If you are creating a new or supplemental culture:
Modify the properties of theobject as necessary.
If you are planning to register the custom culture in a separate routine, call the Save method. This generates an XML file that you can load and register in a separate custom culture installation routine.
If you are developing a registration application for a custom culture that is separate from the application that creates the culture, you call the CreateFromLdml method to load the XML file that contains the custom culture's definition and instantiate the object. To handle the registration, call the Register method. For the registration to succeed, the application that registers the custom culture must be running with administrative privileges on the target system; otherwise, the call to Register throws an UnauthorizedAccessException exception.
Culture data can differ between systems. If you are using the CultureInfo and RegionInfo objects and customizing it, you should develop two different utilities. The first creates the custom culture and saves it to an XML file. The second uses the CreateFromLdml method to load the custom culture from an XML file and register it on the target computer.class to create a custom culture that is uniform across multiple systems and you are creating your custom culture by loading data from existing
The registration process performs the following tasks:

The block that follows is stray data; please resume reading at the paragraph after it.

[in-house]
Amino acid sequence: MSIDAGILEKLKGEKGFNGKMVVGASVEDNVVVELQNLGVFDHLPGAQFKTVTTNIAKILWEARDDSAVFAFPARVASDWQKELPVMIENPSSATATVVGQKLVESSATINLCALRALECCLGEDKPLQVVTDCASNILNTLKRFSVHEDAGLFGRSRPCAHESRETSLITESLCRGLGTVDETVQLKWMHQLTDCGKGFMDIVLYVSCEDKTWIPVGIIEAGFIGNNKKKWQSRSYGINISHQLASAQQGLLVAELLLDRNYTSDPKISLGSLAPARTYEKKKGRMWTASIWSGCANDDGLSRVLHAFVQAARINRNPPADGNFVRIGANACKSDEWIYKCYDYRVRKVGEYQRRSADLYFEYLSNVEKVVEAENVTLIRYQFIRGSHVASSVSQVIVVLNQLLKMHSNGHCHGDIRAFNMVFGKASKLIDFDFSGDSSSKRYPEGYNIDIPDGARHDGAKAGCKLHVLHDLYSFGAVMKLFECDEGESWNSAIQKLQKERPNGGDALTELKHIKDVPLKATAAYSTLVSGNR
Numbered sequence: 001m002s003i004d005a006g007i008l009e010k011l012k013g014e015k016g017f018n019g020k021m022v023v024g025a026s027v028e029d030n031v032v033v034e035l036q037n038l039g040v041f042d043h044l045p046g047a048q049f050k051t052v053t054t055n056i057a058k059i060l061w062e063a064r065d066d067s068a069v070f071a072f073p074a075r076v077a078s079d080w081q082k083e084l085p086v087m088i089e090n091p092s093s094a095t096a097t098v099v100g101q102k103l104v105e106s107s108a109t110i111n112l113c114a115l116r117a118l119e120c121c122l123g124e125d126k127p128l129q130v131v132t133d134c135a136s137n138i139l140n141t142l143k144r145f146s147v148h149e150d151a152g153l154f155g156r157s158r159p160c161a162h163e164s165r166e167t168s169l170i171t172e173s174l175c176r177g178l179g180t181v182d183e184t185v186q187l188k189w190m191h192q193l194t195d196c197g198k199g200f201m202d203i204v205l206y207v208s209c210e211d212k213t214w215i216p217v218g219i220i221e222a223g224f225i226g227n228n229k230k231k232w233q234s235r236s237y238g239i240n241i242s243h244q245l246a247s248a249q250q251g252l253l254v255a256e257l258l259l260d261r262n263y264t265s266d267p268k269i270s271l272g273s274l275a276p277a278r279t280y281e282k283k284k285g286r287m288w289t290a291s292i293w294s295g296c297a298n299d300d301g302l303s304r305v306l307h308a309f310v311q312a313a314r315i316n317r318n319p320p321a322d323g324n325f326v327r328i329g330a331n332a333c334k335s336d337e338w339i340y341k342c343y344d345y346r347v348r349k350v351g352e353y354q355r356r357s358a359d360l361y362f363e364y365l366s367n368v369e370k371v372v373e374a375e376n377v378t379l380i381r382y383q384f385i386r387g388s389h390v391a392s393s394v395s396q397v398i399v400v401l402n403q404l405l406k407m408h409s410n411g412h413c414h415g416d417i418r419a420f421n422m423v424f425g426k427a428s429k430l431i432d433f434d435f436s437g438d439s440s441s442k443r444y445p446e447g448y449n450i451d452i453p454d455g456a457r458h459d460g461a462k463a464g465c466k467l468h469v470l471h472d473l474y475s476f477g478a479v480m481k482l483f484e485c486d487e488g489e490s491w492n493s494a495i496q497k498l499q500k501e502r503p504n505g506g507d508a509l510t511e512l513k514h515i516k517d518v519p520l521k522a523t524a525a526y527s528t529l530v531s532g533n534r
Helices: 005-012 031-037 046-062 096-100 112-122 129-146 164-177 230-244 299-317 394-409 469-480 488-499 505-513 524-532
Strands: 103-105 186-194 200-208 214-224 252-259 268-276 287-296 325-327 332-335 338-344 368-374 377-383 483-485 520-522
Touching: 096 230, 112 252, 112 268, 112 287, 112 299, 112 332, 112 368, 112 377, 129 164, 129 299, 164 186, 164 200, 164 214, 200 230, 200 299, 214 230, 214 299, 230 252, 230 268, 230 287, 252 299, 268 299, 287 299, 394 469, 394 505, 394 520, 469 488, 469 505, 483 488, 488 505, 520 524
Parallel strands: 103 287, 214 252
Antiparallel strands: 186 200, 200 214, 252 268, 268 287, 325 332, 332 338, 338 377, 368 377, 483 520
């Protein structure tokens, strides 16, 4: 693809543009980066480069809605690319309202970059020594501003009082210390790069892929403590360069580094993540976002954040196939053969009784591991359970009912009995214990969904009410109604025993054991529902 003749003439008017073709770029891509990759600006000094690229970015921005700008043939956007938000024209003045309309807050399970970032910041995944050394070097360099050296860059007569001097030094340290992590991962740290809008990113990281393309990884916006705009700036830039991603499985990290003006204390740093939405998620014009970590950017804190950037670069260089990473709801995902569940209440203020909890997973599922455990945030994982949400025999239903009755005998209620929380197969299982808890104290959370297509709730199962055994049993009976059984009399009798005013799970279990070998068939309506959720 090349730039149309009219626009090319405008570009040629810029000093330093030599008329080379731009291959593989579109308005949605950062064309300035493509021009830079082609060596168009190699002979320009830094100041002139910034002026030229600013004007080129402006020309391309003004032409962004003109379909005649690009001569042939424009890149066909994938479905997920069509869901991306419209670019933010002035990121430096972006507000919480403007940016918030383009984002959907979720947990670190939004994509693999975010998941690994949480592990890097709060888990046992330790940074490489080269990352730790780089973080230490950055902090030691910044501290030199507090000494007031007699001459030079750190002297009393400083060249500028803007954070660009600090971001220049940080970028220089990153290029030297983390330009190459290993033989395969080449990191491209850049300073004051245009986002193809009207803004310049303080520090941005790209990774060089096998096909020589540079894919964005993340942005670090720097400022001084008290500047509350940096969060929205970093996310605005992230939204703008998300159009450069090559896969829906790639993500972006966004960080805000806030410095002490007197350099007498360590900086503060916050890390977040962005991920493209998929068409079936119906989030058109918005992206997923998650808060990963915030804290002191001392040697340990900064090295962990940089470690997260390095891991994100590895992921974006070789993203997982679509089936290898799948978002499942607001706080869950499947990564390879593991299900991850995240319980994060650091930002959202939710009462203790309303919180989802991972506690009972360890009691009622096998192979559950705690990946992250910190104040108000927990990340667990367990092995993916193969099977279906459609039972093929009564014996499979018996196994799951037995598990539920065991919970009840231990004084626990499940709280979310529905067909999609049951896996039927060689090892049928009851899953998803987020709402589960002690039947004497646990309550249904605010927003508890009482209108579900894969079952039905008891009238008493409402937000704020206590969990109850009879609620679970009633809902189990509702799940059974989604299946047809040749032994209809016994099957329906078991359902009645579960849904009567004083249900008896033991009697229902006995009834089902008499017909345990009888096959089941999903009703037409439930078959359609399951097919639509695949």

Creates an .nlp file that contains the information that is defined in theobject.
Stores the .nlp file in the %windir%\Globalization system directory on the target computer. This enables the custom culture's settings to persist between sessions. (Themethod requires administrative privileges because the .nlp file is stored in a system directory.)
Prepares the .NET Framework to search the %windir%\Globalization system directory instead of an internal cache the next time there is a request to create your new custom culture.
When a custom culture is successfully registered, it is indistinguishable from the cultures that are predefined by the .NET Framework. The custom culture is available until a call to themethod removes the .nlp file from the local computer.
You can create an instance of the custom culture in one of the following ways:
By invoking the CultureInfo::CultureInfo constructor with the culture name.
By calling the CultureInfo::CreateSpecificCulture method with the culture name.
By calling the CultureInfo::GetCultureInfo method with the culture name.
The following example defines a custom ru-US culture that represents the Russian language in the United States. The example defines the custom culture by loading settings from the Russian (Russia) CultureInfo object and the U.S. RegionInfo object, and then sets a number of properties. The example registers the custom culture, and then instantiates it and makes it the current thread culture.
Available since 2.0
Any public static (Shared in Visual Basic) members of this type are thread safe. Any instance members are not guaranteed to be thread safe.